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Blanco ISD Releases Frequently Asked Questions on Upcoming Bond Election
Wednesday, March 30, 2011 • Posted March 30, 2011

The following frequently asked questions were prepared by Blanco ISD to provide voters with information regarding the upcoming bond election scheduled for May 14.

1. What is a school bond?

A school bond is the way a school district borrows money for facilities, similar to a home mortgage. It allows a district to repay borrowed money on a given date and to pay interest at an agreed upon rate. The money is repaid from property taxes. Long-term financing is a method to fund the construction and/or major renovations of school facilities.

READ MORE: Check out the BCN Election 2011 coverage.

2. How is this bond election different from the one in November, 2010?

The bond election in November, 2010, consisted of one proposition. The bond election scheduled for May, 2011, will consist of three propositions.

The following are also differences: Deletion of elementary running trail, deletion of paving and striping of stadium parking area, addition of upgrade to restrooms and floor of elementary gym, reduction of cost of 4,000 square foot maintenance/transportation facility from $ 400K to $ 136K, increase in technology improvement cost from $ 100K to $ 200K.

3. What projects are planned for each of the three propositions, and what are these propositions’ estimated cost?

Proposed projects are according to current plans.

Proposition One has a projected cost of $ 7,685,000.

Proposed projects included in Proposition One include:

Elementary school—Renovation of the historical building, including 16 classrooms, computer lab, science lab, restrooms, gallery, and library; new cafeteria, kitchen, with stage; walkway canopies, conversion of library to two classrooms; conversion of existing cafeteria to art/music room; upgrading of gym restrooms and floor.

Middle School—Add drains and emergency equipment at science labs; add HVAC to middle school gym; add 1-ton split HVAC at server room.

District-wide—Add security cameras at all campuses; technology improvements.

Proposition Two has a projected cost of $ 310,000.

Proposed projects included in Proposition Two include:

High School—Re-grading and paving repair at campus parking area; stage modifications.

District-wide—Add 4,000 square foot transportation/maintenance facility; new school bus.

Proposition Three has a projected cost of $ 720,000. Proposition Three includes new tennis courts.

4. What planning has gone into the development of what is needed?

In August 2009, the Blanco Board of Trustees commissioned a district-wide facility study by a school planning consultant. The study included meetings with the BISD administration, site-based team, school board, and a Citizens Advisory Committee. In August 2010, a Citizens Advisory Committee recommended the Board of Trustees to call for a bond election to address the needs of the District’s facility study. On August 23, 2010, the Board of Trustees ordered a bond election for November 2, 2010. The bond failed to pass by five votes.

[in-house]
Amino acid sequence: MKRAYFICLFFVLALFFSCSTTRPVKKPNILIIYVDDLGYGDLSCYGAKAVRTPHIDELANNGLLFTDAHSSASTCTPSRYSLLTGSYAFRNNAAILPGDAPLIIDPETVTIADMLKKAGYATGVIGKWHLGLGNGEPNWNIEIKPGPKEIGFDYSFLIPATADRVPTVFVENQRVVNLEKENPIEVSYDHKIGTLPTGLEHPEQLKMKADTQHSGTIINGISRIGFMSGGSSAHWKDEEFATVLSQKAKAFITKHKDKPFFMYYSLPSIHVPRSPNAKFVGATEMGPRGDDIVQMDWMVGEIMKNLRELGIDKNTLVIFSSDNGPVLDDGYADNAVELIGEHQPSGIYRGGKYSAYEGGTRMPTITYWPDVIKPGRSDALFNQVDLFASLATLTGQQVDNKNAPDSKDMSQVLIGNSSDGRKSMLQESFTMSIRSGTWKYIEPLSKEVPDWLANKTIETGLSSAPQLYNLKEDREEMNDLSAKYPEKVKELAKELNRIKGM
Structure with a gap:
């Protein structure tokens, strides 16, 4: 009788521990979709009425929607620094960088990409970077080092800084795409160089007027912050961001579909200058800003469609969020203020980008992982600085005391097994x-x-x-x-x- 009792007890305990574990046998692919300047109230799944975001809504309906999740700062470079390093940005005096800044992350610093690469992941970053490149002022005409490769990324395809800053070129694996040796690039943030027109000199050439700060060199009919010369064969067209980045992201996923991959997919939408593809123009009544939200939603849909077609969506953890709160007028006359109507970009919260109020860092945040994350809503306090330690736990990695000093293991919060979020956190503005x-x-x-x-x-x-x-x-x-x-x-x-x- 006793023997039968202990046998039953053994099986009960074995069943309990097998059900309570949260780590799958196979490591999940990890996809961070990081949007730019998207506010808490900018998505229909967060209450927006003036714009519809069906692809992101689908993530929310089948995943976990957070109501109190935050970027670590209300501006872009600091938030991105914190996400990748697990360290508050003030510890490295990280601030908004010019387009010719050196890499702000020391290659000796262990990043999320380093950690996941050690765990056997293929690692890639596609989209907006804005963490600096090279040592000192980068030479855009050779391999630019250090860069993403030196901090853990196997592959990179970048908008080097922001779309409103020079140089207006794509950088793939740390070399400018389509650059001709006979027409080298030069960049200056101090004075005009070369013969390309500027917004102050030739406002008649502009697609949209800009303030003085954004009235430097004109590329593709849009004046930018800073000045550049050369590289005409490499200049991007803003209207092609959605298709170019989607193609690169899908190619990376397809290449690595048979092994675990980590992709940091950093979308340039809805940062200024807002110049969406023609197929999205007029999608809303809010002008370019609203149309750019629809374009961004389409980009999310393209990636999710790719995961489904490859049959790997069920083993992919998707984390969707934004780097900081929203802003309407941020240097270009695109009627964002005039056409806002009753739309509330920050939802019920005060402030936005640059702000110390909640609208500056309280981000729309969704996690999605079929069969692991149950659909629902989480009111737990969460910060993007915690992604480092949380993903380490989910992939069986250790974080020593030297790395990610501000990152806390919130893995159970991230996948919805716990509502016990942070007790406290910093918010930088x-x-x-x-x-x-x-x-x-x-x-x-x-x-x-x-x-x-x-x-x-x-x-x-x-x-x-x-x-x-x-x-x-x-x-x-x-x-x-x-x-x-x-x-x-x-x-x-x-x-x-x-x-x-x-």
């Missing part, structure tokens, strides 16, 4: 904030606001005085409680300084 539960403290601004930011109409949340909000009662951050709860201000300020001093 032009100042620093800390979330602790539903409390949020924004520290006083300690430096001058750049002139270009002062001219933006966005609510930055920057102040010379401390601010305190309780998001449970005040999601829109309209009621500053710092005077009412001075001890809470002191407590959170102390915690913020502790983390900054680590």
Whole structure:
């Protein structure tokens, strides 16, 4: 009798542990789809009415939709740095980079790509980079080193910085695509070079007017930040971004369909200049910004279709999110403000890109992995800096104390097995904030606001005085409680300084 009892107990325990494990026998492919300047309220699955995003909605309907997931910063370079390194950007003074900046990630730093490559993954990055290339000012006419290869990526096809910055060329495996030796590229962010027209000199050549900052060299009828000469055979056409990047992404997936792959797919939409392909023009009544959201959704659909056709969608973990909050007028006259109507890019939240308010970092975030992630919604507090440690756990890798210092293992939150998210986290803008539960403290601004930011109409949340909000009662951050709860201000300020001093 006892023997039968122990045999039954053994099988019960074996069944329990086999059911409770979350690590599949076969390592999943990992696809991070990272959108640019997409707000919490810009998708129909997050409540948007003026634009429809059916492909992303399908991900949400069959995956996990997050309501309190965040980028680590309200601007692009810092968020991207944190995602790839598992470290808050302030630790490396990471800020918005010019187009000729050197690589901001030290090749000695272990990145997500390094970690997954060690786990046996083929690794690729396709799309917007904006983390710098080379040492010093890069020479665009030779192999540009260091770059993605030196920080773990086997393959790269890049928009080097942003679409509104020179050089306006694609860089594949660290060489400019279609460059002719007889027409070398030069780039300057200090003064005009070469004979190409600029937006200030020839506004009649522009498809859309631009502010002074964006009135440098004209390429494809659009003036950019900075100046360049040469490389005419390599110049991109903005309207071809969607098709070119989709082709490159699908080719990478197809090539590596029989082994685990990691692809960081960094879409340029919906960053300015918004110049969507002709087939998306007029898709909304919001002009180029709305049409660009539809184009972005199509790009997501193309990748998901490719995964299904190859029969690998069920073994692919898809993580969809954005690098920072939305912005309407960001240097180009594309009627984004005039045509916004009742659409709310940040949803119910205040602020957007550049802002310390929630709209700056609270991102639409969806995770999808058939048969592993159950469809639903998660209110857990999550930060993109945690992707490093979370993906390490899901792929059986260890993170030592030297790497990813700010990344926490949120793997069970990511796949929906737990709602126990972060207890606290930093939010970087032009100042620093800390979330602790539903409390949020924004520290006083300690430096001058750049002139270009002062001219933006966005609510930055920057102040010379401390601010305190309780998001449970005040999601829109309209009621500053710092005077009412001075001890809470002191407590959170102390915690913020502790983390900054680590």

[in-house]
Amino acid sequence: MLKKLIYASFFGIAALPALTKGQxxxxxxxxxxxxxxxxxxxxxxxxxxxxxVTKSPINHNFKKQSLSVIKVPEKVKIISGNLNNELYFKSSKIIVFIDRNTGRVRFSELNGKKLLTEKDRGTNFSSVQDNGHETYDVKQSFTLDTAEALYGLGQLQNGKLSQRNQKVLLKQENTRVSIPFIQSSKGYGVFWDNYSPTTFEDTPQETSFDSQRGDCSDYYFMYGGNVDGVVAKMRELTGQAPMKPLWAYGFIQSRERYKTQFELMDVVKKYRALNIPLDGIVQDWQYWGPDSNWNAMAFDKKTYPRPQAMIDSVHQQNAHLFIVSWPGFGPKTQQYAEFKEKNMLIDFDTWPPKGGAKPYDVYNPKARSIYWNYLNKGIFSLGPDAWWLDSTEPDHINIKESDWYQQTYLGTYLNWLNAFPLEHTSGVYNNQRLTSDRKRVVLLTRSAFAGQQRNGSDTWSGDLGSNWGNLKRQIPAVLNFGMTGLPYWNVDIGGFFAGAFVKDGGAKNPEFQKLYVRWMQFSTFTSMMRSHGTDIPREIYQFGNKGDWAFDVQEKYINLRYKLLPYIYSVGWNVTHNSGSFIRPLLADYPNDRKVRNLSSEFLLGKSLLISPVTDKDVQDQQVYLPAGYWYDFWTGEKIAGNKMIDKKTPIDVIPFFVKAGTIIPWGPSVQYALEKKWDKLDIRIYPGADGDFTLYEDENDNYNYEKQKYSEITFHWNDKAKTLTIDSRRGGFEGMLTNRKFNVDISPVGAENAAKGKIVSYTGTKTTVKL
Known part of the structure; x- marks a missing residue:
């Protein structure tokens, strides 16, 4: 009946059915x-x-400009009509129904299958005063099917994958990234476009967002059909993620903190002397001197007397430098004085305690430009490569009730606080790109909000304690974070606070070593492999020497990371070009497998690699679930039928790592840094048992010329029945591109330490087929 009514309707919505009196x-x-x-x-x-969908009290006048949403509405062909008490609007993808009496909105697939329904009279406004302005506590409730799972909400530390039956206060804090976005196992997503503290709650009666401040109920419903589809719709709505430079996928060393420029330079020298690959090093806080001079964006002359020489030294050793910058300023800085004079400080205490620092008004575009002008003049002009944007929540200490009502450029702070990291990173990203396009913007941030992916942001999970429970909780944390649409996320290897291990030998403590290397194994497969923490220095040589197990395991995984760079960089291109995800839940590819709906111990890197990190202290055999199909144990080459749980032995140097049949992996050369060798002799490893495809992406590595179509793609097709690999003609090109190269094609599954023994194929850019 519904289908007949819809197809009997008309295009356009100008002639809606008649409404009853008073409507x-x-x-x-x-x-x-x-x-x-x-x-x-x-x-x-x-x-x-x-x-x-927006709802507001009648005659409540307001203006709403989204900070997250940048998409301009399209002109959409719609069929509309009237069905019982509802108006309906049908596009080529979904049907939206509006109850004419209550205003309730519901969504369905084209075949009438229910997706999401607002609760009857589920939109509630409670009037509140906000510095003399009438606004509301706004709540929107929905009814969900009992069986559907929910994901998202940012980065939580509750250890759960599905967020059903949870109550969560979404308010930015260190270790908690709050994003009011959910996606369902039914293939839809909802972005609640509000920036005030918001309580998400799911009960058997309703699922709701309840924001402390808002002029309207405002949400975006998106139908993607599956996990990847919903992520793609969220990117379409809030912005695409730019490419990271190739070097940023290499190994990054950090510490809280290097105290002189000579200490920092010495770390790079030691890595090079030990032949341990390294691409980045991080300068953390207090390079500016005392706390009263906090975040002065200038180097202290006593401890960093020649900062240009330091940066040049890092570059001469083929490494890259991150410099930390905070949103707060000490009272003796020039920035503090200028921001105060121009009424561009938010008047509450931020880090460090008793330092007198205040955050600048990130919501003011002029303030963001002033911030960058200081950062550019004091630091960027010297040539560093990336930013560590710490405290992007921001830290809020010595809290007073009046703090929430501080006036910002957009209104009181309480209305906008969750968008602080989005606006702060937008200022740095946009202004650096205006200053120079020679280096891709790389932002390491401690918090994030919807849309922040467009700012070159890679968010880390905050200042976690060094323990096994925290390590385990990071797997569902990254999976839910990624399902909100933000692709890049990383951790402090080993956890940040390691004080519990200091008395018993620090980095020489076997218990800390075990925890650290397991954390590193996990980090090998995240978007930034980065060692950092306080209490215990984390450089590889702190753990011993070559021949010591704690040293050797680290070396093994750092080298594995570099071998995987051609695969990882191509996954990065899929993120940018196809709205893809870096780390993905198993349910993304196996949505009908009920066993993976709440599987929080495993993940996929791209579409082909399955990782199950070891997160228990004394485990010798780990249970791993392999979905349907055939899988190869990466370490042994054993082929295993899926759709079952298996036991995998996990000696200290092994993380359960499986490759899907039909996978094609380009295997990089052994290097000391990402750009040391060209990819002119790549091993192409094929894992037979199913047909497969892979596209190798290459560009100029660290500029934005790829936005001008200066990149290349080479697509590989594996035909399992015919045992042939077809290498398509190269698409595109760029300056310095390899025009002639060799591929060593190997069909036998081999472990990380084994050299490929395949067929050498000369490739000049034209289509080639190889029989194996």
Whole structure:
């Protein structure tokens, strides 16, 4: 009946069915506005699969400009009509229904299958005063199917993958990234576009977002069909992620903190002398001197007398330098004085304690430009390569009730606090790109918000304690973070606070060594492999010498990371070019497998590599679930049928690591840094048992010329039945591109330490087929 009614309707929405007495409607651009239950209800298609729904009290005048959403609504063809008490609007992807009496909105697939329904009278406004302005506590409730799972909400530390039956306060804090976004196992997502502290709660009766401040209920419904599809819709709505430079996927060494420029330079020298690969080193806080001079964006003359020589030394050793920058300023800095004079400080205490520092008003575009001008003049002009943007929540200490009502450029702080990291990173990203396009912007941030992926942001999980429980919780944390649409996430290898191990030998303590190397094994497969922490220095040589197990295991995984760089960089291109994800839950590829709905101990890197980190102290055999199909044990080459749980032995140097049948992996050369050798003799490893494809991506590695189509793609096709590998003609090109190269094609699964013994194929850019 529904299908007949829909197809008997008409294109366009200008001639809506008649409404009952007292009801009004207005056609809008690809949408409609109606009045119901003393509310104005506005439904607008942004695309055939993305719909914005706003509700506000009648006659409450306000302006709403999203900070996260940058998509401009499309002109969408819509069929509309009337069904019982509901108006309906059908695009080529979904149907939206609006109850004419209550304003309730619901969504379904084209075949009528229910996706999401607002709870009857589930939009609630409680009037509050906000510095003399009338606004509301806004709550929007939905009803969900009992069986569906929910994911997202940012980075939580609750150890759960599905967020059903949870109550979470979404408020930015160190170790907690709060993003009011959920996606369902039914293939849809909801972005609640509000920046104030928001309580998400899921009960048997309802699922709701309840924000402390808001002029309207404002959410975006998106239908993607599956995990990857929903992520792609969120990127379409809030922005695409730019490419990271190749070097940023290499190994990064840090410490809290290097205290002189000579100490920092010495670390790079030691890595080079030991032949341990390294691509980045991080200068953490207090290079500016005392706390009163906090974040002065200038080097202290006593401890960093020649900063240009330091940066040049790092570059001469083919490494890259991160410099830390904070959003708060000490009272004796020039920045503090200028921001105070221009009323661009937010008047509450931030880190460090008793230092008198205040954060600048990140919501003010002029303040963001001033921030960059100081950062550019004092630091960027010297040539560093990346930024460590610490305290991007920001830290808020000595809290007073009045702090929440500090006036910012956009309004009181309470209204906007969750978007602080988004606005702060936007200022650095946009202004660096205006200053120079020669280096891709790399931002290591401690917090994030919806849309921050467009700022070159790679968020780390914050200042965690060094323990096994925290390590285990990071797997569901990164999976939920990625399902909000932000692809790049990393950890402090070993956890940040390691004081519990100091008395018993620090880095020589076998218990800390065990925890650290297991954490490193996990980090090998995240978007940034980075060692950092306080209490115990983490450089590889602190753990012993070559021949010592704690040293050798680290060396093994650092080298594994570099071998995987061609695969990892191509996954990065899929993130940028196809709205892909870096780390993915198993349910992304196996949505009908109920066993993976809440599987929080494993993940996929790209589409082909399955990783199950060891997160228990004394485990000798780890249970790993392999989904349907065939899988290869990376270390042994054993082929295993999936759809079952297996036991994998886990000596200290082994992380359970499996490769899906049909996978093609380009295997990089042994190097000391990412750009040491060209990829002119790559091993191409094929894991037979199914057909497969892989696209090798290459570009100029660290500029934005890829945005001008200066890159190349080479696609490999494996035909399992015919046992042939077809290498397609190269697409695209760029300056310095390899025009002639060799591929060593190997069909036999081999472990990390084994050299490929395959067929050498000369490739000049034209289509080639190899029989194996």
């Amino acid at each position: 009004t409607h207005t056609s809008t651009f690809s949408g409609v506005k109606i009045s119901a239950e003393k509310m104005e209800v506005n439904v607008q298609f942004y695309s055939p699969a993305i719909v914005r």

The Citizens Advisory Committee continued to meet during the interim, and continued to engage constituents. The committee re-evaluated its prior recommendation, and revised it to reflect the feedback it received from the community.

5. What are some demographic findings for Blanco County and Blanco ISD?

Blanco County has experienced significant growth in the last 30 years, from a population of 4,800 in 1980 to a projected population of 9,700 in 2010—over 100% growth. The facility study found that Blanco ISD has experienced slow but consistent growth, with an average annual growth rate of 2.65 % over the past ten years.

6. What are some of the facility needs at the elementary school?

Proposition One includes elementary school improvements.

Currently the elementary campus has ten classrooms in portable buildings. The fifth grade portable complex consisting of four classrooms has been utilized for over fifteen years. Portables are not meant to be permanent structures.

According to the facility study’s projections, at a 2.65% annual growth rate, and with the portables replaced, the elementary campus may need 20 additional classrooms within the next 10 years.

The cafeteria and kitchen areas need expansion to adequately accommodate student numbers at lunchtime. Currently, in order to process all students, lunch begins serving at 10:35 AM and concludes at 12:50 PM. Proposed plans call for the construction of a new cafeteria and kitchen with stage.

The gym is utilized daily by elementary PE classes, and by the high school and community as appropriate. The gym restrooms are of the 1950 era, and were constructed for high school use. The gym floor also is from the 1950 era. It is warped in certain locations, and has places of deterioration. The wood floor is too thin to sand down again; therefore, it cannot be refinished anymore. Proposed plans call for the renovation of the gym restrooms and gym floor.

Band is offered as an elective class in 5th grade. Currently, 45 out of a total of 65 fifth graders are enrolled in elementary band. These students are transported daily to the middle school in order to receive band instruction in a proper facility. Proposed plans call for the conversion of the existing cafeteria into an art/music room, which would accommodate elementary band students.

7. What is the history of the historical building?

In 1874, the Blanco Masonic Lodge imported quarried stone to construct a Masonic University at the site of the current historical building. The plans fell through for lack of funding, and the Lodge donated the land and the stone for construction of a new Blanco High School.

In 1884, an original two-story schoolhouse was constructed on the site. In 1893, this schoolhouse was destroyed by fire.

In 1902, the school was re-built, using the same stones that were originally quarried in 1874.

In 1921, the building was condemned, renovated, and re-opened in 1923. Its architecture is a "Mission Revival" style. Its structures retained the same stones that were quarried in 1874. In the 1940s and 1950s, periodic additions and repairs were made to the building.

Currently, the historical building serves no instructional purpose, and has fallen upon disrepair. There have been concerns as to the building’s air quality.